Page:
The report includes objectives such as increasing education about the disease and increasing the awareness of the diagnosis to those with Alzeheimer’s or their caregivers. According to the American Alzheimer’s Association, fewer than half of patients with Alzheimer’s have the diagnosis listed on their medical records.

Healthy People 2020 also establishes a goal of reducing the number of preventable hospitalizations for those with  Alzheimer’s by preventing the conditions that cause admittance and optimizing outpatient care.

If you or someone you know has been diagnosed with Alzheimer’s disease, and live near the Atlanta area, consider participating in NeuroTrials Research’s clinical research study. We are currently evaulating an investigational drug for Alzheimer’s. You may be eligible to participate if you are 50 years or older and have a diagnosis of mild to moderate Alzheimer’s. For more information visit our studies page or call us at (404) 851-9934.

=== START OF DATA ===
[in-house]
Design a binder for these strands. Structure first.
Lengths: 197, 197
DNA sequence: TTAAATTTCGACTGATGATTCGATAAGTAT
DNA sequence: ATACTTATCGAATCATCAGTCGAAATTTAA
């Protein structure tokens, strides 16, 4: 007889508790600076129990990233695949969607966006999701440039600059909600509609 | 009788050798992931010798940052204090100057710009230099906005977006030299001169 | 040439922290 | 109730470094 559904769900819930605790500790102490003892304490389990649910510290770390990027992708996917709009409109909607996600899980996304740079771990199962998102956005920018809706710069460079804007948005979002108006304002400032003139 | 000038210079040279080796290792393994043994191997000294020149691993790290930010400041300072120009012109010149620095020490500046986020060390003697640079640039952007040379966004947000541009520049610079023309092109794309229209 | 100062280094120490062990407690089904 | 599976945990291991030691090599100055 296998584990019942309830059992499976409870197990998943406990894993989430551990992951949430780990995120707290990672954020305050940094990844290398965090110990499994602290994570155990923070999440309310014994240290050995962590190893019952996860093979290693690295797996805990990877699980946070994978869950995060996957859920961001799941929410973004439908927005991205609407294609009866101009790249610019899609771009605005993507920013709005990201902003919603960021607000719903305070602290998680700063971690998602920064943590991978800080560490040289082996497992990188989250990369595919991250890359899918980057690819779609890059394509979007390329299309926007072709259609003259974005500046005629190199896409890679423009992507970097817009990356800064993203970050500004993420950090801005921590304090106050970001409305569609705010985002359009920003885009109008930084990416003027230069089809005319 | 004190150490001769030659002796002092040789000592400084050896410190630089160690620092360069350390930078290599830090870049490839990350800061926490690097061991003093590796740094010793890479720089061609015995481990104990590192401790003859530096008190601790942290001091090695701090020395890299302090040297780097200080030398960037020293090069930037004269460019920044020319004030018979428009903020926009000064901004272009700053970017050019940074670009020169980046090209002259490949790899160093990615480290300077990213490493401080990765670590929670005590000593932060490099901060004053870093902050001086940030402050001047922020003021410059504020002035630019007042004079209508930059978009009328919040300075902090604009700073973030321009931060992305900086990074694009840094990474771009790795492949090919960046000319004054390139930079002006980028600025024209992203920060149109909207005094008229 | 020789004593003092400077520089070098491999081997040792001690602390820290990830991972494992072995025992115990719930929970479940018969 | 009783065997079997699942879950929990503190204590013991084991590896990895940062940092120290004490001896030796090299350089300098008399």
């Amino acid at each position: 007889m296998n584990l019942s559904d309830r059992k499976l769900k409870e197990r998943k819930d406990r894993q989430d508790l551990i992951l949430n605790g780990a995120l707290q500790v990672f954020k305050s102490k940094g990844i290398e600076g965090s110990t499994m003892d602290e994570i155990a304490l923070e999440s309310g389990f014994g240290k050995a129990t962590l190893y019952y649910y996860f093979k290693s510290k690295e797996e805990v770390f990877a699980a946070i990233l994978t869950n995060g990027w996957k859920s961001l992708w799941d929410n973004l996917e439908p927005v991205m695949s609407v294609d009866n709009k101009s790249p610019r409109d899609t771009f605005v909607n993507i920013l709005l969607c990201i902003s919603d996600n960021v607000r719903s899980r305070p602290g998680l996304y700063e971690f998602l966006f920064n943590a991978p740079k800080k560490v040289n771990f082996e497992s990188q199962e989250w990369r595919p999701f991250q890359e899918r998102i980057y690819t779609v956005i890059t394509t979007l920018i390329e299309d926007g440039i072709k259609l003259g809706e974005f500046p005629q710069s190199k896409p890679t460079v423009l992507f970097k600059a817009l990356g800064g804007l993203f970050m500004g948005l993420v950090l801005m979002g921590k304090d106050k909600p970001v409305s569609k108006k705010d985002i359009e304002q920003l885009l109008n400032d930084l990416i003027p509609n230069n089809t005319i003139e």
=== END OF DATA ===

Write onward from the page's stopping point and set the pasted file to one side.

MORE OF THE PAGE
Why Participate in A Clinical Trial?
According to the national Alzheimer’s Association, “through clinical trials, researchers test new ways to detect, treat and prevent Alzheimer’s disease and related dementias. Without clinical trials, there can be no new treatments or cures. Over the last 15 years, scientists have made enormous strides in understanding how Alzheimer’s disease affects the brain. Scientists believe that in the near future, therapies and treatments that slow or stop the progression of the disease will be available.Ground-breaking research is going on that could have a measurable impact on the lives of current and future Alzheimer patients. Participation in clinical studies provides an opportunity to advance and accelerate medical research and to contribute to the better health of future generations.”